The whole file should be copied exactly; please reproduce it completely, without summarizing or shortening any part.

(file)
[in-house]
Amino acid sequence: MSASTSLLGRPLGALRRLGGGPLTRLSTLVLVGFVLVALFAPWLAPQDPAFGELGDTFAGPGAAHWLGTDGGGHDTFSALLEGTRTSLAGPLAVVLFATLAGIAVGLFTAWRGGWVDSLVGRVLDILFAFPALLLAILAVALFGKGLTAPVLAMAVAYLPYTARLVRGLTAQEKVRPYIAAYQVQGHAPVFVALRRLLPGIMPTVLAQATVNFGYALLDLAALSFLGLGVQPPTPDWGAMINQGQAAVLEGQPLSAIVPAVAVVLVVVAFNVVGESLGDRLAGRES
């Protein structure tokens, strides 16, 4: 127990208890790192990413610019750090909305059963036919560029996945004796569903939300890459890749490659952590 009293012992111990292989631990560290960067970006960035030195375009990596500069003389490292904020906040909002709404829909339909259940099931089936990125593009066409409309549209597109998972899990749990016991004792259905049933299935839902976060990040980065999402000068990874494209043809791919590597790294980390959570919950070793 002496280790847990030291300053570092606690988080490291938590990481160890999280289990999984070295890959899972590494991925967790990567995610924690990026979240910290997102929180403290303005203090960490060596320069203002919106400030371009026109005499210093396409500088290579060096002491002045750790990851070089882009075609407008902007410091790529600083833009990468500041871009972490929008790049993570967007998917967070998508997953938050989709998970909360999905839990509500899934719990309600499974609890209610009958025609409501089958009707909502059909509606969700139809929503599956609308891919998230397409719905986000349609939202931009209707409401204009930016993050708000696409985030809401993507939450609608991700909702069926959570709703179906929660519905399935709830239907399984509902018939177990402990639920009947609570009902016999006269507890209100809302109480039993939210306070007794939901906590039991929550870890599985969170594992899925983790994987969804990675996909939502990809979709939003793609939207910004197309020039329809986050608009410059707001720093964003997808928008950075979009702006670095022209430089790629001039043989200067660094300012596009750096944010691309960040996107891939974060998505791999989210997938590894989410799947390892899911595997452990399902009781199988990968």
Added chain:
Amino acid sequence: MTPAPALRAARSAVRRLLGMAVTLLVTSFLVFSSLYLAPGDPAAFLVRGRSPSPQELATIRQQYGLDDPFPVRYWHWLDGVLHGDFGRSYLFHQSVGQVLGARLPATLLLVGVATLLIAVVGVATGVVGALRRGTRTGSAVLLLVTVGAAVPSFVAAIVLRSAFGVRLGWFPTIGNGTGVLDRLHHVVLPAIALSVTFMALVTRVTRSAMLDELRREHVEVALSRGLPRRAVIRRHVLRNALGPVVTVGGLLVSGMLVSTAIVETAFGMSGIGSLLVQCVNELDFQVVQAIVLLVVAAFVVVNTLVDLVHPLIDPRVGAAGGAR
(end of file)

[in-house]
Amino acid sequence: MSASTSLLGRPLGALRRLGGGPLTRLSTLVLVGFVLVALFAPWLAPQDPAFGELGDTFAGPGAAHWLGTDGGGHDTFSALLEGTRTSLAGPLAVVLFATLAGIAVGLFTAWRGGWVDSLVGRVLDILFAFPALLLAILAVALFGKGLTAPVLAMAVAYLPYTARLVRGLTAQEKVRPYIAAYQVQGHAPVFVALRRLLPGIMPTVLAQATVNFGYALLDLAALSFLGLGVQPPTPDWGAMINQGQAAVLEGQPLSAIVPAVAVVLVVVAFNVVGESLGDRLAGRES
């Protein structure tokens, strides 16, 4: 127990208890790192990413610019750090909305059963036919560029996945004796569903939300890459890749490659952590 009293012992111990292989631990560290960067970006960035030195375009990596500069003389490292904020906040909002709404829909339909259940099931089936990125593009066409409309549209597109998972899990749990016991004792259905049933299935839902976060990040980065999402000068990874494209043809791919590597790294980390959570919950070793 002496280790847990030291300053570092606690988080490291938590990481160890999280289990999984070295890959899972590494991925967790990567995610924690990026979240910290997102929180403290303005203090960490060596320069203002919106400030371009026109005499210093396409500088290579060096002491002045750790990851070089882009075609407008902007410091790529600083833009990468500041871009972490929008790049993570967007998917967070998508997953938050989709998970909360999905839990509500899934719990309600499974609890209610009958025609409501089958009707909502059909509606969700139809929503599956609308891919998230397409719905986000349609939202931009209707409401204009930016993050708000696409985030809401993507939450609608991700909702069926959570709703179906929660519905399935709830239907399984509902018939177990402990639920009947609570009902016999006269507890209100809302109480039993939210306070007794939901906590039991929550870890599985969170594992899925983790994987969804990675996909939502990809979709939003793609939207910004197309020039329809986050608009410059707001720093964003997808928008950075979009702006670095022209430089790629001039043989200067660094300012596009750096944010691309960040996107891939974060998505791999989210997938590894989410799947390892899911595997452990399902009781199988990968």
Added chain:
Amino acid sequence: MTPAPALRAARSAVRRLLGMAVTLLVTSFLVFSSLYLAPGDPAAFLVRGRSPSPQELATIRQQYGLDDPFPVRYWHWLDGVLHGDFGRSYLFHQSVGQVLGARLPATLLLVGVATLLIAVVGVATGVVGALRRGTRTGSAVLLLVTVGAAVPSFVAAIVLRSAFGVRLGWFPTIGNGTGVLDRLHHVVLPAIALSVTFMALVTRVTRSAMLDELRREHVEVALSRGLPRRAVIRRHVLRNALGPVVTVGGLLVSGMLVSTAIVETAFGMSGIGSLLVQCVNELDFQVVQAIVLLVVAAFVVVNTLVDLVHPLIDPRVGAAGGAR